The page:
The Angie Brooks International Center (ABIC) collaborating with the United Nations Institute for Training and Research (UNITAR) has trained some 37 Liberians who are now clothed with the responsibility of transmitting the message of conflict resolution and mediation in some parts of the country.
Addressing the closing ceremony at a dinner held in honor of the participants and trainers recently, the Minister of Justice, Christiana Tah, said it is very important and necessary to encourage and see civil society organizations get involved in programs that buttress government’s effort especially in sustaining peace in the country.
The Acting Minister of Foreign Affairs, Una Thompson said currently, in the stock reality, Liberia needs reconciliation, rehabilitation, peace and transformation and the citizenry could choose to ignore to the detriment of the entire nation adding, “Genuine peace is an imagination if we do not pay heed to reconciliation.”
United Nations Special Representative to the Secretary General, Karin Landgren, said Liberia needs many people to work in the area of conflict prevention because the long years of war has taken a toll on children, women, men as well as confidence and trust describing Liberia as a ‘happy land.’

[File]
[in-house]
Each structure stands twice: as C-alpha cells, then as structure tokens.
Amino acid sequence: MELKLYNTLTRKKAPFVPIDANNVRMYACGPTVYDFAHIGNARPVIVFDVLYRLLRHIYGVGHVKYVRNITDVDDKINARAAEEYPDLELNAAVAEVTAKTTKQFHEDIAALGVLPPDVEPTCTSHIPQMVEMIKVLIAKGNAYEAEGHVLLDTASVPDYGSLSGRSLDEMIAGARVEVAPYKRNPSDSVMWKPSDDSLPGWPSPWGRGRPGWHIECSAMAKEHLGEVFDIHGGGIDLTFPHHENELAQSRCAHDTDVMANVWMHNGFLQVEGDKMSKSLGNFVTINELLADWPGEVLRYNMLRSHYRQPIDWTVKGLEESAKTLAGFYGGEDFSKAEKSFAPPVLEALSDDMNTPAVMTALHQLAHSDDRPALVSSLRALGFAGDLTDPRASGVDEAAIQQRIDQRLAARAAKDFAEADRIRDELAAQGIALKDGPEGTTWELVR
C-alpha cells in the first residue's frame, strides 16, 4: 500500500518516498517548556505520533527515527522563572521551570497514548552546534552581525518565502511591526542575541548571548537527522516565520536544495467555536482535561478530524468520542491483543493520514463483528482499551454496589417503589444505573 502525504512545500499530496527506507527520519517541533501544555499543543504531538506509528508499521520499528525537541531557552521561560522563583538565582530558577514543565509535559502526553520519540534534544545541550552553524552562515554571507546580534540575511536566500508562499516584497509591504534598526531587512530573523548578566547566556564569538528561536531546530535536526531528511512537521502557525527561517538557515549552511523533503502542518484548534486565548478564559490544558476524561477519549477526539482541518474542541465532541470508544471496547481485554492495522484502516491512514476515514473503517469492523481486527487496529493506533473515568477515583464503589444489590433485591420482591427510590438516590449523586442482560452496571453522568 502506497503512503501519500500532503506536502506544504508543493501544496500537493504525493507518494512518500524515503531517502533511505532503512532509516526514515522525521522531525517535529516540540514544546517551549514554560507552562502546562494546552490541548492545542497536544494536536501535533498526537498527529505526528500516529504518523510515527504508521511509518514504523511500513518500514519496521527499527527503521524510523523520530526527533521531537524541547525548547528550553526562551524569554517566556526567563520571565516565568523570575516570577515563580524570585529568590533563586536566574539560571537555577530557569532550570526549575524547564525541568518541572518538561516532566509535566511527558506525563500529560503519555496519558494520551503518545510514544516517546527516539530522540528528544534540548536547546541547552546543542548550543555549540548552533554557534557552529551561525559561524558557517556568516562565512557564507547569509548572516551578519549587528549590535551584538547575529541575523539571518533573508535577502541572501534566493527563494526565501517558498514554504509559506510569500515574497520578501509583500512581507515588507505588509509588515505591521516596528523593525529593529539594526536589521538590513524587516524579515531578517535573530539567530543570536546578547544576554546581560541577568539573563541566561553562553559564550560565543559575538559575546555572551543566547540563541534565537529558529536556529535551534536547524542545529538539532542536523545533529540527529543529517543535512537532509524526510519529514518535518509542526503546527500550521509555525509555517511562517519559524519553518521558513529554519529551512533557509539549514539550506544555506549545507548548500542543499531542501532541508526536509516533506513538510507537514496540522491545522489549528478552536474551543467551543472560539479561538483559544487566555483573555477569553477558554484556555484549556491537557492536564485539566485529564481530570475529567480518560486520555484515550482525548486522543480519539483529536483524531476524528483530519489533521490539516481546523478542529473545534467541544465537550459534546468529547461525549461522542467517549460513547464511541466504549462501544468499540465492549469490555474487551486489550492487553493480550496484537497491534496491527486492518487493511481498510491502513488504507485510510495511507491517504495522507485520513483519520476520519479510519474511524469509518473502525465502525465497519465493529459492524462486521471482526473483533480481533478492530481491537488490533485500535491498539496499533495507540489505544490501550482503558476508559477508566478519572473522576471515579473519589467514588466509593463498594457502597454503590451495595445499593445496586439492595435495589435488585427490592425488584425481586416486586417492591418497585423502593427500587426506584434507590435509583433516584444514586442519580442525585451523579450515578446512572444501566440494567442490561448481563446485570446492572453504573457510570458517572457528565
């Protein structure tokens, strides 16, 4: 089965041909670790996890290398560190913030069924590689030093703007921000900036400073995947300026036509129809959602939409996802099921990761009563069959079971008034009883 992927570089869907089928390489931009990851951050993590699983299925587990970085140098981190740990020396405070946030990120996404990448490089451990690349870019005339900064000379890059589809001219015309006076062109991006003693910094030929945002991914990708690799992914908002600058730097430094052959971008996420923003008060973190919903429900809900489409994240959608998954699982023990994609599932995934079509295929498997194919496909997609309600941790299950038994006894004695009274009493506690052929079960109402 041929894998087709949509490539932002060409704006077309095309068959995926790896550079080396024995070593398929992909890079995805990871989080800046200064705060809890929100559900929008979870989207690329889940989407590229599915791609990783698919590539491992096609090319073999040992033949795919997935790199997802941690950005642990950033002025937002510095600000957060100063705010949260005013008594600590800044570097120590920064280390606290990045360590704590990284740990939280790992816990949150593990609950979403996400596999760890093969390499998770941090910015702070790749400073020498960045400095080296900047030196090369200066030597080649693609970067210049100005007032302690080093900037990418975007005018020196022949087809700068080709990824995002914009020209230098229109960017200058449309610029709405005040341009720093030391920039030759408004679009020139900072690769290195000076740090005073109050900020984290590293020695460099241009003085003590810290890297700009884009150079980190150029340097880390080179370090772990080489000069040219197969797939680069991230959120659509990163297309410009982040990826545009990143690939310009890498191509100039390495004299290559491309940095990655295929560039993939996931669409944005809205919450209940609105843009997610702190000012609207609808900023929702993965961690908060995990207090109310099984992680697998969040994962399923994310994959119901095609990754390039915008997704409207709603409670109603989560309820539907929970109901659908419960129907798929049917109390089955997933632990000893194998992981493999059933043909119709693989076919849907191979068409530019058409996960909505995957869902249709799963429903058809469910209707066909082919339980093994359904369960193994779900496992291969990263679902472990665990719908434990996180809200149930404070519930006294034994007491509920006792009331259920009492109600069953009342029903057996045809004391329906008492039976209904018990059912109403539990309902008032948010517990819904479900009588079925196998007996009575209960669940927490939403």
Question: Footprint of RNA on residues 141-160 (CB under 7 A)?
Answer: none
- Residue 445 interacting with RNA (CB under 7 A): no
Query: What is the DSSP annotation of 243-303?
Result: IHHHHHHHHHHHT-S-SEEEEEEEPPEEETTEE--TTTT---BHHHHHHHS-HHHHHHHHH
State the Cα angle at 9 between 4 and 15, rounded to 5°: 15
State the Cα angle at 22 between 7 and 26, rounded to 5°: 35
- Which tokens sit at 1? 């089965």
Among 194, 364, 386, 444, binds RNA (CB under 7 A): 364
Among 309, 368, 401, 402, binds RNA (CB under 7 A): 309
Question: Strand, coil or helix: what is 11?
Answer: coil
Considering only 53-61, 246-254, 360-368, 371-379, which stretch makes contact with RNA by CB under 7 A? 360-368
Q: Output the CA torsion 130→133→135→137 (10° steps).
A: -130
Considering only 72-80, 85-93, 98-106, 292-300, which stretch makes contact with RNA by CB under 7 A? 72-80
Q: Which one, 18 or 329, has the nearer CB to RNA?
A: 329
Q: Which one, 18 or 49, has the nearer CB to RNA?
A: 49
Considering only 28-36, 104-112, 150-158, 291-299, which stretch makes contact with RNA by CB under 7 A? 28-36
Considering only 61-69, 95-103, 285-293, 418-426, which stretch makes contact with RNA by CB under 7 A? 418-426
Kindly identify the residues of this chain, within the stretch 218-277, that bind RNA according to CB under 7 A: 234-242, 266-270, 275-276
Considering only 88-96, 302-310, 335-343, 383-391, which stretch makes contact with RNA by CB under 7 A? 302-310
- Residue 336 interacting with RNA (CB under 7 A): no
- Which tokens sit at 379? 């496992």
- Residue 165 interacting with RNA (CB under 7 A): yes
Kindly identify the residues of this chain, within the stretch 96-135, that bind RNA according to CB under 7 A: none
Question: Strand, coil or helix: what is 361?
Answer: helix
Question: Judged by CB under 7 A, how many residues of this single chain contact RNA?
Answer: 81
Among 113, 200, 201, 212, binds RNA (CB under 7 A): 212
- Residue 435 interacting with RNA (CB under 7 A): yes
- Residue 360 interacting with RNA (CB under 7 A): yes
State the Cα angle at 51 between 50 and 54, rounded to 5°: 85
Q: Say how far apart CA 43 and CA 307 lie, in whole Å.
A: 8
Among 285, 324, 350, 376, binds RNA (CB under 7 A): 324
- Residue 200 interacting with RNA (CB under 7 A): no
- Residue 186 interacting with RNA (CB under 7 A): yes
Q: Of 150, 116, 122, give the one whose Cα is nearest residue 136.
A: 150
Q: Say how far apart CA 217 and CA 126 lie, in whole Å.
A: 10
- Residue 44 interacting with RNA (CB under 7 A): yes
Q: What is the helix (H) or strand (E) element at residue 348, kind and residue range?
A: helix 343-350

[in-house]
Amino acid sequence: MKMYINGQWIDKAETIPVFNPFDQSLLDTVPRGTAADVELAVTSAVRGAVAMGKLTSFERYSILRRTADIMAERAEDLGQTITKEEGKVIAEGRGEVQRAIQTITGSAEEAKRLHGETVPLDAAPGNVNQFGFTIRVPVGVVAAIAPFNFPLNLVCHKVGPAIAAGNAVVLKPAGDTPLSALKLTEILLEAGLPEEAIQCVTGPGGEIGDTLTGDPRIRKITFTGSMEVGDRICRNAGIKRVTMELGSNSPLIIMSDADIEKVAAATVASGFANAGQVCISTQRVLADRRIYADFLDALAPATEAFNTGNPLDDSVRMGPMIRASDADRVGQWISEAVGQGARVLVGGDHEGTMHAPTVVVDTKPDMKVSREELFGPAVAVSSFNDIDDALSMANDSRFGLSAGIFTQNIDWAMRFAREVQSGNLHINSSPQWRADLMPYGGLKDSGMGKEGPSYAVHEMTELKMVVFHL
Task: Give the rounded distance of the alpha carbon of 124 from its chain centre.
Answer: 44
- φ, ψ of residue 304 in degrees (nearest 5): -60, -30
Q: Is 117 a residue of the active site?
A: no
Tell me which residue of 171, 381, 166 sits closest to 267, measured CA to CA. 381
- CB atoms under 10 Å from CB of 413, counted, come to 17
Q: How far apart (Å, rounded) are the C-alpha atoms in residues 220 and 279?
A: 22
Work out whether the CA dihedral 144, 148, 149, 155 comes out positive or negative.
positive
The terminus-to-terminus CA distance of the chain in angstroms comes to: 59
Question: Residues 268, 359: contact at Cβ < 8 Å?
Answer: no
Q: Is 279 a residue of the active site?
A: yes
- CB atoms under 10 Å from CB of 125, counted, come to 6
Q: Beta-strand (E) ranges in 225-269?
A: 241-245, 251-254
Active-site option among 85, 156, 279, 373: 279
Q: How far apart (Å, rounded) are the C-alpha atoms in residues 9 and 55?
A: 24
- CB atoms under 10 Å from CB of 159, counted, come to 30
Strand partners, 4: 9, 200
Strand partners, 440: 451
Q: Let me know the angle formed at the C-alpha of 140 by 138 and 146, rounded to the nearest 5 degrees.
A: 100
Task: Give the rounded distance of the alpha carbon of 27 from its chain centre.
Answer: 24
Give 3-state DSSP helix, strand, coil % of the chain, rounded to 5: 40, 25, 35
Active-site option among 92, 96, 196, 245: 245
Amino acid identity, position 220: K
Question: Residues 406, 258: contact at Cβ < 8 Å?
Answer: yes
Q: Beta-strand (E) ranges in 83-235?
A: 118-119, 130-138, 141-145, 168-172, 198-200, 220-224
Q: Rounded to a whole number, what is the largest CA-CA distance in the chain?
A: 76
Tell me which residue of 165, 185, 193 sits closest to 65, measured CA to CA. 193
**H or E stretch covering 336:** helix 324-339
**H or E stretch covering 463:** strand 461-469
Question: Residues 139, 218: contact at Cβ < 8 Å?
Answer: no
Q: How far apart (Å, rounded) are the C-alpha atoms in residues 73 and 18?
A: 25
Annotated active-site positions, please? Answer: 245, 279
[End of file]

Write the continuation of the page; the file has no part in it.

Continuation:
Angie Brooks International Center has successfully implemented trainings in the protection of civilians in peacekeeping operations, transitional justice and peace-building while the Conflict Resolution team consists of individuals from civil society organizations, community based groups and agencies of government, as well as students and youths from Lofa, Grand Gedeh, Bong and Grand Cape Mount Counties.
First of all we say well done to the ABIC team and partner UNITAR for initiating this venture which we believe will go a long way by its design of creating a hands-on exercise to be carried out by Liberians themselves.
We see this as a welcome initiative and we hope that it will spread out into other counties because just few days ago the nation celebrated ten years of peace, an experience we missed for over decades. There can be no way that we should think about returning to our ugly past.
We also want to alert those who are still bent on securing spaces and designing environments for brutality and fermenting instability to desist because by doing so would not only plunge the nation into setbacks but would undoubtedly wipe out a generation and destroy what was built in ten years.
Sustaining the peace depends on each of us and we can collectively sustain this endeavor by being our brother’s keepers and help to reconcile and heal our wounds not by just forgetting the past but by forgiving each other with sincerity.
Again, we thank Angie Brooks and think the training exercise should continue for individuals in other counties so that reconciliation through conflict resolution can be holistic and that the trainers should focus on the early warning signs during the process.